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Labor has announced that in government it would appoint a family, domestic and sexual violence commissioner and also fund 500 new community sector workers to help women at risk or in crisis.
Labor spokeswoman Jenny McAllister says more staff are desperately needed. “I visited a service last week in western Sydney that said that over the last year they’d helped around 1200 women who were seeking their assistance to escape violence. But they turned away 1100 because they didn’t have the workers to support them.”
Asked why, despite increased attention and funding for combatting domestic violence, we don’t seem to be getting on top of the problem, McAllister says she doesn’t “underestimate how complex and challenging it will be to produce sustained reduction in rates of violence.”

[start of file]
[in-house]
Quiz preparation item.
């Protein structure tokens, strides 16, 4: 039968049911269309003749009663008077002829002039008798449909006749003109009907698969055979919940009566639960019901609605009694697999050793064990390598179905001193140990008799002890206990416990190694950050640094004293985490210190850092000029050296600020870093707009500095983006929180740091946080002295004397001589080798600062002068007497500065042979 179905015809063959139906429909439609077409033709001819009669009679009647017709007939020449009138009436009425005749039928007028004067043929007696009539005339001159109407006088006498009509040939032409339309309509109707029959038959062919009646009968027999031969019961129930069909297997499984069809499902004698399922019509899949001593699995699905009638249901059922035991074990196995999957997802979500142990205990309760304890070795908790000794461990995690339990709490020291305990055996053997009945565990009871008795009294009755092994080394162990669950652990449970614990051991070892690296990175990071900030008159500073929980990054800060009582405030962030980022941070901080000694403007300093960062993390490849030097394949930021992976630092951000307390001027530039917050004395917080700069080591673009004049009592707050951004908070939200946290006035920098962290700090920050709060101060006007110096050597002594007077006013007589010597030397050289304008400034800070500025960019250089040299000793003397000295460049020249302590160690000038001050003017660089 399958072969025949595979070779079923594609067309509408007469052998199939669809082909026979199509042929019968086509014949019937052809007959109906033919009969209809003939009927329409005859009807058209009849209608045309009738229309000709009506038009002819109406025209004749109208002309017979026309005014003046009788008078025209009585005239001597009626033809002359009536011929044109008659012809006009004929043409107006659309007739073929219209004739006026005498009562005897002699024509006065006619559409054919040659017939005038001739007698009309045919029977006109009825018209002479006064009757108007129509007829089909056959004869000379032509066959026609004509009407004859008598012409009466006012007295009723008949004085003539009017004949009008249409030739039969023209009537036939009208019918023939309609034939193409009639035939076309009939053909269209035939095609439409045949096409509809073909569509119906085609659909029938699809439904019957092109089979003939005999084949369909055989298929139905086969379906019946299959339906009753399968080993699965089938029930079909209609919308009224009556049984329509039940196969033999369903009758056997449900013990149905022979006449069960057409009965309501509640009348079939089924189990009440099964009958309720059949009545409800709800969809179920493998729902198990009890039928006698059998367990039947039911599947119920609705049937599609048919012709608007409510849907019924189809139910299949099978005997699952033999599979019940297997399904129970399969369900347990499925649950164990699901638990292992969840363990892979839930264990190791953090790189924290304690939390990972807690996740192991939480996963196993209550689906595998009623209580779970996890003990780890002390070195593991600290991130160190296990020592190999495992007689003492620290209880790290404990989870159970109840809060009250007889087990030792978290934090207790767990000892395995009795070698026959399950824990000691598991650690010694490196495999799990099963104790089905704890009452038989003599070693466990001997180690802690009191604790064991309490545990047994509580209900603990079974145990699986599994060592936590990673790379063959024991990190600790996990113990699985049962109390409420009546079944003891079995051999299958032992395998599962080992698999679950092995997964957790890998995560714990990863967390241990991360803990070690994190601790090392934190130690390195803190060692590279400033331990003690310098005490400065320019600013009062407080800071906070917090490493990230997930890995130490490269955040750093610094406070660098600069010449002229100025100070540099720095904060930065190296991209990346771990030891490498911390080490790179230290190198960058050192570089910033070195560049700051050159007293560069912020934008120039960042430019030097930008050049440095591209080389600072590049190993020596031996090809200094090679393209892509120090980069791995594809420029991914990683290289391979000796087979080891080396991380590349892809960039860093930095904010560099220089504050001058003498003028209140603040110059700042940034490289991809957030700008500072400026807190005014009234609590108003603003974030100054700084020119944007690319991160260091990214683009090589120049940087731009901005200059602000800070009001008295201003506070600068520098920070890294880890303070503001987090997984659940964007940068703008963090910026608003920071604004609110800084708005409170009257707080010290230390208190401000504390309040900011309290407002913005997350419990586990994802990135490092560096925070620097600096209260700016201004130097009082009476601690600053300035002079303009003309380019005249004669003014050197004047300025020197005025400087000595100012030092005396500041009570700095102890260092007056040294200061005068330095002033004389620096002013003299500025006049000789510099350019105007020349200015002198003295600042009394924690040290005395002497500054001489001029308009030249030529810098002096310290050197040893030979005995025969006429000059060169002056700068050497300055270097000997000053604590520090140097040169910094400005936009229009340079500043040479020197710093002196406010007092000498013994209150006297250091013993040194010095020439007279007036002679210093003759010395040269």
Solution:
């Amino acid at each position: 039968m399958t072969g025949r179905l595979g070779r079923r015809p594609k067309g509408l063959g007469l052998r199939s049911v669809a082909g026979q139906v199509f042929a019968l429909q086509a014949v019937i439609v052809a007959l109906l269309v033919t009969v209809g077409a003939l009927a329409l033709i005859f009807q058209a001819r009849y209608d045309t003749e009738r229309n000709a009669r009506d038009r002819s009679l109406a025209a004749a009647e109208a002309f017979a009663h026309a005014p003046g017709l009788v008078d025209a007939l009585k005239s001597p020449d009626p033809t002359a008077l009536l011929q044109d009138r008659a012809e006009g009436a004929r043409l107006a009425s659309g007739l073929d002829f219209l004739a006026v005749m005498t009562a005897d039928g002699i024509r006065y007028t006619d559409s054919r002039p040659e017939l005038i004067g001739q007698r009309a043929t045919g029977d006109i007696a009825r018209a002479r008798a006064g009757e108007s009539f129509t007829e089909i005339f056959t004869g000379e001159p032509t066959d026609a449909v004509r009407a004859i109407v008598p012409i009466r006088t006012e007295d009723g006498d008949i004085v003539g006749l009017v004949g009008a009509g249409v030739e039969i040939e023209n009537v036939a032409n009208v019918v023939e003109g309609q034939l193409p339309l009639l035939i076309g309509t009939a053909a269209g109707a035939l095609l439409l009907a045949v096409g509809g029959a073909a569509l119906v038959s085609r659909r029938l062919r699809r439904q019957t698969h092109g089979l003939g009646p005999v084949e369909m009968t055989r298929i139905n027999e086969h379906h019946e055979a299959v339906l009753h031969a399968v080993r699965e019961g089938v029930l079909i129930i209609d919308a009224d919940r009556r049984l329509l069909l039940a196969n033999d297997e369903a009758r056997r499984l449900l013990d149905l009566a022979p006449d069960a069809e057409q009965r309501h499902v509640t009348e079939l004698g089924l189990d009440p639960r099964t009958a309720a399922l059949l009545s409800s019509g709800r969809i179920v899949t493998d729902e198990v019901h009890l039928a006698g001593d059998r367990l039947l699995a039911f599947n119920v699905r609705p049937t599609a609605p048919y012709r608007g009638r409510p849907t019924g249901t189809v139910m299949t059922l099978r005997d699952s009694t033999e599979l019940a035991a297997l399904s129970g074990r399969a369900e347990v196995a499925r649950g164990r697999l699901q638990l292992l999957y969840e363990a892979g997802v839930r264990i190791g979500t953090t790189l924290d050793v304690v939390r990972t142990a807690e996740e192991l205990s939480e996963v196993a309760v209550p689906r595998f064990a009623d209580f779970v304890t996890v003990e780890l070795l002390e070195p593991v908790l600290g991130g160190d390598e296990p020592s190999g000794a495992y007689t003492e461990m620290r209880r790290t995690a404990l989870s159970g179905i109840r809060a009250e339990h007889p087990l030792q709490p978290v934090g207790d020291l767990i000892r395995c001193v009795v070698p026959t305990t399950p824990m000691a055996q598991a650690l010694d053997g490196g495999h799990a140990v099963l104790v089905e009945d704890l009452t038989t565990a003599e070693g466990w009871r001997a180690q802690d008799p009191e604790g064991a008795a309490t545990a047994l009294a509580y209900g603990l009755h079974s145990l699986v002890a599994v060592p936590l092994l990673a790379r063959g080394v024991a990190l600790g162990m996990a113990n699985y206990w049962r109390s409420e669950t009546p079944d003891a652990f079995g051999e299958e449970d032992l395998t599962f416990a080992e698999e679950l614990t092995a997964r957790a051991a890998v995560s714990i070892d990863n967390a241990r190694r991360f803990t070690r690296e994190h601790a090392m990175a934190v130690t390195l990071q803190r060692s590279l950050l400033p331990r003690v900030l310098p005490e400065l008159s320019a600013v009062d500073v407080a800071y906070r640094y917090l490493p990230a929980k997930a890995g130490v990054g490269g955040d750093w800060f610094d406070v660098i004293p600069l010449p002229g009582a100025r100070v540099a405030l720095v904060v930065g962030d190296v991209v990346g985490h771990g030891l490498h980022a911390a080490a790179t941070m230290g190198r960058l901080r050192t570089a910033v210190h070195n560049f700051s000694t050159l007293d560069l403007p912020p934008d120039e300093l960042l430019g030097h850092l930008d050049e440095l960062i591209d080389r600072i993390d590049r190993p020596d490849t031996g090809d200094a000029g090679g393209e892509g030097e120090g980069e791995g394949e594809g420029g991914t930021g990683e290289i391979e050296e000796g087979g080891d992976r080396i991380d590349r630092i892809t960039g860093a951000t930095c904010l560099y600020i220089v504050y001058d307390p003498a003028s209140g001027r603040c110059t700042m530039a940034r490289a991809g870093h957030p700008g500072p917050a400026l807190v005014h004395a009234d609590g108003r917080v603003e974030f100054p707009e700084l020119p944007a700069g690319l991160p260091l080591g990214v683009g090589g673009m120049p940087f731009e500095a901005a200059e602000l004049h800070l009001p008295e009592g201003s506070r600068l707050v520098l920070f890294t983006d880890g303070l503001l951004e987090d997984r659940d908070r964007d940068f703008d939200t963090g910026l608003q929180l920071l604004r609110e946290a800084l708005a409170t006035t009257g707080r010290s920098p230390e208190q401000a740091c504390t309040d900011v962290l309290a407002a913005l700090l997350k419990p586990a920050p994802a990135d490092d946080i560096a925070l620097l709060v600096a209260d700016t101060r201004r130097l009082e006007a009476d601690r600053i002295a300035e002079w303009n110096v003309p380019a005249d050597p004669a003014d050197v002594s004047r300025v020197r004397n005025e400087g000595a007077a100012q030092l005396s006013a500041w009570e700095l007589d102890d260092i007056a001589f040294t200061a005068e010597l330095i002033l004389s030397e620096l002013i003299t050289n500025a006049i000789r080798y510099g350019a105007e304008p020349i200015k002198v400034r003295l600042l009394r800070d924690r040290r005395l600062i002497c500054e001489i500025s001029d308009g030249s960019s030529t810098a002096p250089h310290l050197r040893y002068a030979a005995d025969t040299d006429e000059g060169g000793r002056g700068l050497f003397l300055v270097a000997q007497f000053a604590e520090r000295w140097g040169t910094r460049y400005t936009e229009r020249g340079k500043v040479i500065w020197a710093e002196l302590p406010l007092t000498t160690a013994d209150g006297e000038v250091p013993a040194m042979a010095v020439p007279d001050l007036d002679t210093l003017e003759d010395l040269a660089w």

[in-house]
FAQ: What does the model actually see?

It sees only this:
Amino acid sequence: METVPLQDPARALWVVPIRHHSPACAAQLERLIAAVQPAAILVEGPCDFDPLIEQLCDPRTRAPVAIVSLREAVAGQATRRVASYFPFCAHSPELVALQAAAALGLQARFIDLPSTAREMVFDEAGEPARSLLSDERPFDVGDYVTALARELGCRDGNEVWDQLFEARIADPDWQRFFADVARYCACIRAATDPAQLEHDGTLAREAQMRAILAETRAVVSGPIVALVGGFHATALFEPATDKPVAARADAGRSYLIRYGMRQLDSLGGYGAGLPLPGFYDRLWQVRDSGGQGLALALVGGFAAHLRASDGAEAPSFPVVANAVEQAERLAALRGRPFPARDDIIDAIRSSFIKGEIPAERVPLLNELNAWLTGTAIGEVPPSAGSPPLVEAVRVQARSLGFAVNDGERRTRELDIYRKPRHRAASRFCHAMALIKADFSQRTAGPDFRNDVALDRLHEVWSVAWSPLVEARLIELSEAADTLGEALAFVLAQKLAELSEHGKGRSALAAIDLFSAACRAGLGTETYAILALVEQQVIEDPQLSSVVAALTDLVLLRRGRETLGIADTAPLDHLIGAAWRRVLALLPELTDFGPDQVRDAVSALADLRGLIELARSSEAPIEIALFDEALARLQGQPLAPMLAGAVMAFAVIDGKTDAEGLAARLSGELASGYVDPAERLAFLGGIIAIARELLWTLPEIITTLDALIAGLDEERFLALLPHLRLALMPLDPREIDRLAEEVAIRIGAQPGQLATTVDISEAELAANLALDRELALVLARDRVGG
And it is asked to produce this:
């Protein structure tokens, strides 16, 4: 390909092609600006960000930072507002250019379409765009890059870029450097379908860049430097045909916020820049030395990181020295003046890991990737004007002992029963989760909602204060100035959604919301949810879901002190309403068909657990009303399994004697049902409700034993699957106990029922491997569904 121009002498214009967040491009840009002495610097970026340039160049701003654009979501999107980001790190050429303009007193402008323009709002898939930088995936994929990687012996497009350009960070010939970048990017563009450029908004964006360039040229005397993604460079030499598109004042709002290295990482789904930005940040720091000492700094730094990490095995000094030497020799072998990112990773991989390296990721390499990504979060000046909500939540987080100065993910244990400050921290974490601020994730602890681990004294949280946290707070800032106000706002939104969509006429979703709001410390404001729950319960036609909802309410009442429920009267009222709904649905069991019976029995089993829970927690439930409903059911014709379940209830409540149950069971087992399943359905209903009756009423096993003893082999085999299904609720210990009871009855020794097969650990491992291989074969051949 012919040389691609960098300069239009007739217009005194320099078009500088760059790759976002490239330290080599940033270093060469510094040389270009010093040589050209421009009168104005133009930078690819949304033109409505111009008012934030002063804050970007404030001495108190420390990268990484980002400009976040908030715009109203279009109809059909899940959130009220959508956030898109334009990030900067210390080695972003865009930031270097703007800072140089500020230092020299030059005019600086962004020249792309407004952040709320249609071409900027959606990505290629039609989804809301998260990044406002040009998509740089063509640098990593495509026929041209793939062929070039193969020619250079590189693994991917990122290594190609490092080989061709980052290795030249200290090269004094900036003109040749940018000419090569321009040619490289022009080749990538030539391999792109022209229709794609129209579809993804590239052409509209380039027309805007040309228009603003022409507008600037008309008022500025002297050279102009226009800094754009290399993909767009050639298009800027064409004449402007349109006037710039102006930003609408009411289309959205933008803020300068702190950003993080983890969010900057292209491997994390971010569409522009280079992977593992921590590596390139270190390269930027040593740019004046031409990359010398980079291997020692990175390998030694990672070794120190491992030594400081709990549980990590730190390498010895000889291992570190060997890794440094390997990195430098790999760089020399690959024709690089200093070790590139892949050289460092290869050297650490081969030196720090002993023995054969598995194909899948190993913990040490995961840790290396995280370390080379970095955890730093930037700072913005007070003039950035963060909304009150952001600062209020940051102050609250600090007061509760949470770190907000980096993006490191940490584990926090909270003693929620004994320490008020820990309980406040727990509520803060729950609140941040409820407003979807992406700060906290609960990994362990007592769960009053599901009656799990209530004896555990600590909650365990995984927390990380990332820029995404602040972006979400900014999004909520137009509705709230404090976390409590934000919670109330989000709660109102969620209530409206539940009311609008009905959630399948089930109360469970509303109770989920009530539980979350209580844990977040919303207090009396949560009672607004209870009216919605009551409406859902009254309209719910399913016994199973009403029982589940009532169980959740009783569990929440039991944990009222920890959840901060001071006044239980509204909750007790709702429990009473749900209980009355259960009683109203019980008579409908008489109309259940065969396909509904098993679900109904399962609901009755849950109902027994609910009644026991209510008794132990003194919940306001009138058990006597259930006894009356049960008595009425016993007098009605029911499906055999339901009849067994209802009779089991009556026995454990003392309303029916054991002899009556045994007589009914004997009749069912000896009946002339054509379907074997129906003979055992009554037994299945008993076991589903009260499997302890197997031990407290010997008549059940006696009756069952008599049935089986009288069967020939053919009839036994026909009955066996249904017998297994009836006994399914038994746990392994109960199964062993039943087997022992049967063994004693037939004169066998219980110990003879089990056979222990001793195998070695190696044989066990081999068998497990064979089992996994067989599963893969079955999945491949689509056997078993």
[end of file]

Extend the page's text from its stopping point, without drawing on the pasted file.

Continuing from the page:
But, she argues, a change of government is needed “to restore that momentum and energy that was there at the beginning of this planned process”.
Earlier this year there were nationwide marches on women’s justice issues. Has the momentum faded? McAllister says: “There is still an enormous trust deficit between the prime minister and Australian women […] Australian women had had enough.”
(In a game of pre-emption, the government announced it would set up a family, domestic and sexual violence commission, in a statement released just before Labor’s on Tuesday night.)
This article is republished from The Conversation is the world's leading publisher of research-based news and analysis. A unique collaboration between academics and journalists. It was written by: Michelle Grattan, University of Canberra.
Michelle Grattan does not work for, consult, own shares in or receive funding from any company or organisation that would benefit from this article, and has disclosed no relevant affiliations beyond their academic appointment.